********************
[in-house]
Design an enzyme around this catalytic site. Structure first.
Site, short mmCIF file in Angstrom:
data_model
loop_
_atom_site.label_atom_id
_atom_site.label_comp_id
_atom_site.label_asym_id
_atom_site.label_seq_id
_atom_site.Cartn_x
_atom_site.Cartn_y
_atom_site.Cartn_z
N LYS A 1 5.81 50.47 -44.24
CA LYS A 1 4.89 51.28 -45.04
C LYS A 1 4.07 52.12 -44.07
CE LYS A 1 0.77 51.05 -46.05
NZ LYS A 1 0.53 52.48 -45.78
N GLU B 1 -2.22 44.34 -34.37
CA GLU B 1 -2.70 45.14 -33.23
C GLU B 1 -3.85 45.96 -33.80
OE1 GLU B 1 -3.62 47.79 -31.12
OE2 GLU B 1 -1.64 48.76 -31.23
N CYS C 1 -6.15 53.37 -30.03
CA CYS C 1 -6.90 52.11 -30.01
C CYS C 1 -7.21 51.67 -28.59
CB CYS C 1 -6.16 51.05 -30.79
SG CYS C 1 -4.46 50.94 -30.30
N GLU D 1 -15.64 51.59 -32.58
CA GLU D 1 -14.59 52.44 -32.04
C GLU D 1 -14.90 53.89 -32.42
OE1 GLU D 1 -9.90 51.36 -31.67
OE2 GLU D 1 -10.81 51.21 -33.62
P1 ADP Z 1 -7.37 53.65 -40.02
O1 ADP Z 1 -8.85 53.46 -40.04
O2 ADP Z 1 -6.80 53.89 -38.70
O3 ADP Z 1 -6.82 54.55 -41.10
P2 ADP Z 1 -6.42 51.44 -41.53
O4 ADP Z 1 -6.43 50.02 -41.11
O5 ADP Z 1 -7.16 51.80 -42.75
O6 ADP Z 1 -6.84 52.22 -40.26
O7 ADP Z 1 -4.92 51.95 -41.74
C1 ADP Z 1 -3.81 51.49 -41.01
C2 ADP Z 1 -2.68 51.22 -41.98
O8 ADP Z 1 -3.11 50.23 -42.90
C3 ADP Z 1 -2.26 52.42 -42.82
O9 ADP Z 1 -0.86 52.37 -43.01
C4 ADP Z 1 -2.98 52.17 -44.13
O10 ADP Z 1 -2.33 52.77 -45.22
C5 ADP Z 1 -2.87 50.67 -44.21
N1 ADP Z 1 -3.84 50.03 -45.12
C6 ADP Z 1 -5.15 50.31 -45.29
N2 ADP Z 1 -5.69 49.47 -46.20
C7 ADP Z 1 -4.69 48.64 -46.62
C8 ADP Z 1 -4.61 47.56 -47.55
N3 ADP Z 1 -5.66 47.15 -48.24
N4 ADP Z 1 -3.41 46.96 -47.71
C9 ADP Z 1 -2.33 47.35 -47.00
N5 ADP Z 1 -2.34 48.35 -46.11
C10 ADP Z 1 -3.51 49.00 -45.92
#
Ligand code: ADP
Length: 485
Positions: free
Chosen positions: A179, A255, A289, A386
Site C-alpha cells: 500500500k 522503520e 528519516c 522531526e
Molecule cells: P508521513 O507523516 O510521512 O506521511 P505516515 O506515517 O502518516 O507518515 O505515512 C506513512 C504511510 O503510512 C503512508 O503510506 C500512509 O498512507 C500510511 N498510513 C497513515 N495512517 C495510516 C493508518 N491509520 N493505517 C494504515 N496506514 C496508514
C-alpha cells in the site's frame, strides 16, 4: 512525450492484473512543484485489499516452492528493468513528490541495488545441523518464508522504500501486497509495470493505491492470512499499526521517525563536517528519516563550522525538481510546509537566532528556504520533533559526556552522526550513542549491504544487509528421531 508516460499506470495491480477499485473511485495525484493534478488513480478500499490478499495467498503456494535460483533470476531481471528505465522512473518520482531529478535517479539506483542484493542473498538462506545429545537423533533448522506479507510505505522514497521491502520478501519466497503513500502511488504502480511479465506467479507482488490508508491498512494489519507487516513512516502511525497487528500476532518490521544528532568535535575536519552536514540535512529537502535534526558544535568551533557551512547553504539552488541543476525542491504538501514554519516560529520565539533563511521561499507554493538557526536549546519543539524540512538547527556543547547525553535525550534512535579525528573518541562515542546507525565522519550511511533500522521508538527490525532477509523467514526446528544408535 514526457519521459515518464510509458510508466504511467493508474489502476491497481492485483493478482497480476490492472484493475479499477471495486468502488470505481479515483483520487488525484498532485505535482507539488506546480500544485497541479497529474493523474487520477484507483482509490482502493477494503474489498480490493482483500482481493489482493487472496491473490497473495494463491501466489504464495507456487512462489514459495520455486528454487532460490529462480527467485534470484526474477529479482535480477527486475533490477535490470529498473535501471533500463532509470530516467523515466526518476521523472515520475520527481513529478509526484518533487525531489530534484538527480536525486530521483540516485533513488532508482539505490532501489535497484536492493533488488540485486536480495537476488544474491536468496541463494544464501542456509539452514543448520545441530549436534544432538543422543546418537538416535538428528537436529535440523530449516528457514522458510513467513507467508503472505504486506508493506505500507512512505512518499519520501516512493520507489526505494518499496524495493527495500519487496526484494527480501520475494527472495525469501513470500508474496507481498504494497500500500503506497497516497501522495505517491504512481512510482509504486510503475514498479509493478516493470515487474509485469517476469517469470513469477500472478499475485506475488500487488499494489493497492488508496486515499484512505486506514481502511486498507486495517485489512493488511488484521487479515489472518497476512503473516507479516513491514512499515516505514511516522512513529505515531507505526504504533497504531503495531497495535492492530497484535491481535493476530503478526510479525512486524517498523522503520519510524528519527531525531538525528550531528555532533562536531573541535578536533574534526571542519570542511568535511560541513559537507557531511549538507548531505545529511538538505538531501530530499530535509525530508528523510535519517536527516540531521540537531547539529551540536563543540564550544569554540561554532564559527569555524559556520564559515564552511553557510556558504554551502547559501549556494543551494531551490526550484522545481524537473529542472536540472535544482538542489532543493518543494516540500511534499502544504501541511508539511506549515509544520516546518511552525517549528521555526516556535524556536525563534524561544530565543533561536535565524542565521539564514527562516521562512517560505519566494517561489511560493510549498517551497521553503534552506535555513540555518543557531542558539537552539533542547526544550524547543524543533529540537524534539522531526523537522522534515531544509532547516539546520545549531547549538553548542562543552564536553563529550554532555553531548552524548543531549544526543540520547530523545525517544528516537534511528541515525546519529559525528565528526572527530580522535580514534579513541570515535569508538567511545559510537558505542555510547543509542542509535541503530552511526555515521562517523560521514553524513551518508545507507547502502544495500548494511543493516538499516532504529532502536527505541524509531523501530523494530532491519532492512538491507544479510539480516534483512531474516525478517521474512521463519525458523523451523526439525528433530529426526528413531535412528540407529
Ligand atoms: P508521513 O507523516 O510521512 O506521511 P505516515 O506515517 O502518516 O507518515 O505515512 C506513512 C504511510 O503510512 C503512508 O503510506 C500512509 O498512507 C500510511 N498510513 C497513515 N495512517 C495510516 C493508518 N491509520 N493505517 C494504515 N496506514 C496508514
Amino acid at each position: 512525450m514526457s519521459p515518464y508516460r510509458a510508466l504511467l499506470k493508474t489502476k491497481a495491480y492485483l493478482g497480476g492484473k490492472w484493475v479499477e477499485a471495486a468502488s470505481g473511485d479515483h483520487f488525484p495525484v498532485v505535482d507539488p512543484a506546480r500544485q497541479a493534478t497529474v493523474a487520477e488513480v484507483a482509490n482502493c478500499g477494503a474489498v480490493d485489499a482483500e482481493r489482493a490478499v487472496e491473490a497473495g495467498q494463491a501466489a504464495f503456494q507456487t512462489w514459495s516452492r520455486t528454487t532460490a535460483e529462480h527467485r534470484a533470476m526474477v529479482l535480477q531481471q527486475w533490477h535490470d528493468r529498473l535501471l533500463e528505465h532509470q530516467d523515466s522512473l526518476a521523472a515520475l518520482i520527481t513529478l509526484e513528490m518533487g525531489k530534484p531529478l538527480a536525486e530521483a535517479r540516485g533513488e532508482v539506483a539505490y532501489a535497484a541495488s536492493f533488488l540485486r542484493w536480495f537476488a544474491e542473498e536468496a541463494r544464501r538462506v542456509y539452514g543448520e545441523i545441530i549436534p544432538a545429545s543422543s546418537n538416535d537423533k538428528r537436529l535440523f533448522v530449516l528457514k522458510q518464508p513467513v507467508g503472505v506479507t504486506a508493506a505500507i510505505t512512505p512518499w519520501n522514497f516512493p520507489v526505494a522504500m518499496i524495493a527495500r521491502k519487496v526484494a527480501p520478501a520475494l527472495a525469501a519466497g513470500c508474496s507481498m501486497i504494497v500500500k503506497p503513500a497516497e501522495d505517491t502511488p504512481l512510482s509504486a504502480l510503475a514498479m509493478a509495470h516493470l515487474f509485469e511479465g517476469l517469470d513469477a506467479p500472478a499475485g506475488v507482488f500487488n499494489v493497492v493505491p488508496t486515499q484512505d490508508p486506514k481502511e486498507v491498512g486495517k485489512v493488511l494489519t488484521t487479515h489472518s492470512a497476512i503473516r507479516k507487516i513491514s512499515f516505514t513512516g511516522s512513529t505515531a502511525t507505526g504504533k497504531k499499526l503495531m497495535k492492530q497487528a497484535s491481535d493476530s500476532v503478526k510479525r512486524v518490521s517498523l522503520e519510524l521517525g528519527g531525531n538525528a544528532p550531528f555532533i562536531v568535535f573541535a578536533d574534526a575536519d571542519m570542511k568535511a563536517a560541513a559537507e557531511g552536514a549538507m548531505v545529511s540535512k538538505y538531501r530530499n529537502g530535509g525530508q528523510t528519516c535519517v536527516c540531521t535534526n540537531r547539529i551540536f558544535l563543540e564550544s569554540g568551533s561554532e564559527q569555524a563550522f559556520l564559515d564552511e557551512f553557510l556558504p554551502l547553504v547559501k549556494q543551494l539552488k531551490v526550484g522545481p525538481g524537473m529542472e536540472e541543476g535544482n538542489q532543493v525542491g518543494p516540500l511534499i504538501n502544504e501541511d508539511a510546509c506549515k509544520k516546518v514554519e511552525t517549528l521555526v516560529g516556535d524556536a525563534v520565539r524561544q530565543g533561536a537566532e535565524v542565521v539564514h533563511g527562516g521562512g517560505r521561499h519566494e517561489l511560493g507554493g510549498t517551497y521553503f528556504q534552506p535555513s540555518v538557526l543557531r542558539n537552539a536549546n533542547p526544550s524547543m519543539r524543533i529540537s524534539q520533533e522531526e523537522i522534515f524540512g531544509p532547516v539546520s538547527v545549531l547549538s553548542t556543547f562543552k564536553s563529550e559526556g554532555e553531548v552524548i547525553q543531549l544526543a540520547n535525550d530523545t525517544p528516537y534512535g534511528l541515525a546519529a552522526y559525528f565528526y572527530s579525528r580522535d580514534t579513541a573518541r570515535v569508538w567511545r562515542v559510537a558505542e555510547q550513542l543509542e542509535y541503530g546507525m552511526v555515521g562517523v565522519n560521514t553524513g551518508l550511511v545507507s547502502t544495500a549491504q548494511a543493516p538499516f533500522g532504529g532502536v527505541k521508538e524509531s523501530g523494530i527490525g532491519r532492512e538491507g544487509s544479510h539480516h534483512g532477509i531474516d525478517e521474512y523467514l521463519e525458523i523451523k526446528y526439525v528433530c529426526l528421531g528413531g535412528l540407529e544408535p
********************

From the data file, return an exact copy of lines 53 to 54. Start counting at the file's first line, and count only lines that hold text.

C7 ADP Z 1 -4.69 48.64 -46.62
C8 ADP Z 1 -4.61 47.56 -47.55